We can see how close we are. We have a million and a half Dominicans, many of whom are my friends and constituents, who live in the United States of America. And there are more than a million tourists that flock here. And there is baseball, which is the sinew that holds us together at the end of the day. We have so much in common that it’s only natural that our interests and our values overlap with one another.

The President and I discussed all that he said, and I’m hopeful we’re going to be able to discuss more. With regard to trade, we spoke about trade between our countries. And since the Central American and Dominican Republic Free Trade Agreement, it has grown to $11.5 billion. And the President and I discussed what the next steps are in fully implementing CAFTA-DR, including efforts to provide predictable business environment under the rule of law, as well as to put in place protections for intellectual property, labor and the environment. They’re essential elements of that agreement, and very, very important to the United States, and I’m sure to the Dominican Republic.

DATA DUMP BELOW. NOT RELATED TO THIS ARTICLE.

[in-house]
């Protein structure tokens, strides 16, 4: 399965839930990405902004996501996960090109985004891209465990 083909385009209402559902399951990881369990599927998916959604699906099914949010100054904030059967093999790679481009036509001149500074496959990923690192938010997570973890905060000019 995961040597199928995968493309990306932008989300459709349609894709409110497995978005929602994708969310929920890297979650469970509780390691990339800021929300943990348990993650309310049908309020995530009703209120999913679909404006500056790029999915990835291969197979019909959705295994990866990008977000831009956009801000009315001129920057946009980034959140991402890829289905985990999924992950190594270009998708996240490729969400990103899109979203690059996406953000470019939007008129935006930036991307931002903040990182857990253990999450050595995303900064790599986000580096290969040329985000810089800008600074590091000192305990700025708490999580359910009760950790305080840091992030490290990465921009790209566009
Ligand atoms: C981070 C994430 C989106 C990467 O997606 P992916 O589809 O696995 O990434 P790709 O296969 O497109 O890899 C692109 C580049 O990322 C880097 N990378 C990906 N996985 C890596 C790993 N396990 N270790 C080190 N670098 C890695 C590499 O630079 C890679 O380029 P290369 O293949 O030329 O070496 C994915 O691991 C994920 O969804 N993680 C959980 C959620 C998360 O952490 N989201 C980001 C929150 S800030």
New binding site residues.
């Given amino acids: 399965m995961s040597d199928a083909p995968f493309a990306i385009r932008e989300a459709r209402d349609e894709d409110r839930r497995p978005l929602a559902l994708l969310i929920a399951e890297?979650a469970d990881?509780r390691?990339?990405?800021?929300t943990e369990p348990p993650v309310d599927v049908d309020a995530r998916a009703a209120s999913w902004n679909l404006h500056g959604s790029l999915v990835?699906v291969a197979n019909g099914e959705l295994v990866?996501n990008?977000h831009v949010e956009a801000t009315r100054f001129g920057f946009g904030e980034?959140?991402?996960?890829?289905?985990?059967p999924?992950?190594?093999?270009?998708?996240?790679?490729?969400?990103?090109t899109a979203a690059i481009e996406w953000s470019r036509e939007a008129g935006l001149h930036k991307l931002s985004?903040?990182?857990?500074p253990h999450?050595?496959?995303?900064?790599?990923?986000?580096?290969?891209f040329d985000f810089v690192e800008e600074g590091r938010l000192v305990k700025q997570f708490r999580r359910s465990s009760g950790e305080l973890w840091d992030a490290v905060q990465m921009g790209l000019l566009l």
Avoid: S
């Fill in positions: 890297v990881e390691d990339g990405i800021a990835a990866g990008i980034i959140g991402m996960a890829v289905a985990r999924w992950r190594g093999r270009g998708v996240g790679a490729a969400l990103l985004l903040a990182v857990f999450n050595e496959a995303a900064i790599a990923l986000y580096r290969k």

These aren’t just the terms of the trade agreement, they’re the ingredients for future growth. They are the basis for future growth. Where there is not labor protection, environmental protection and protection of intellectual property in this 21st century, there’s not likely to be growth consistent with capability.

The other ingredient to growth is education. My wife is a professor and teaches full-time while being Second Lady. And she has an expression. She says, show me a country that out-educates you, and I will show you a country that out-competes you. And it’s obvious that President Medina understands that; it is part of his DNA. I applaud him for his robust investment in education, including the constitutional mandate for a minimum share of the budget devoted to education. That is remarkable, and we wish the President every success in that regard. The Ambassador and I discussed ways in which we think we can. But it’s up to President Medina to decide whether we can be a value-added.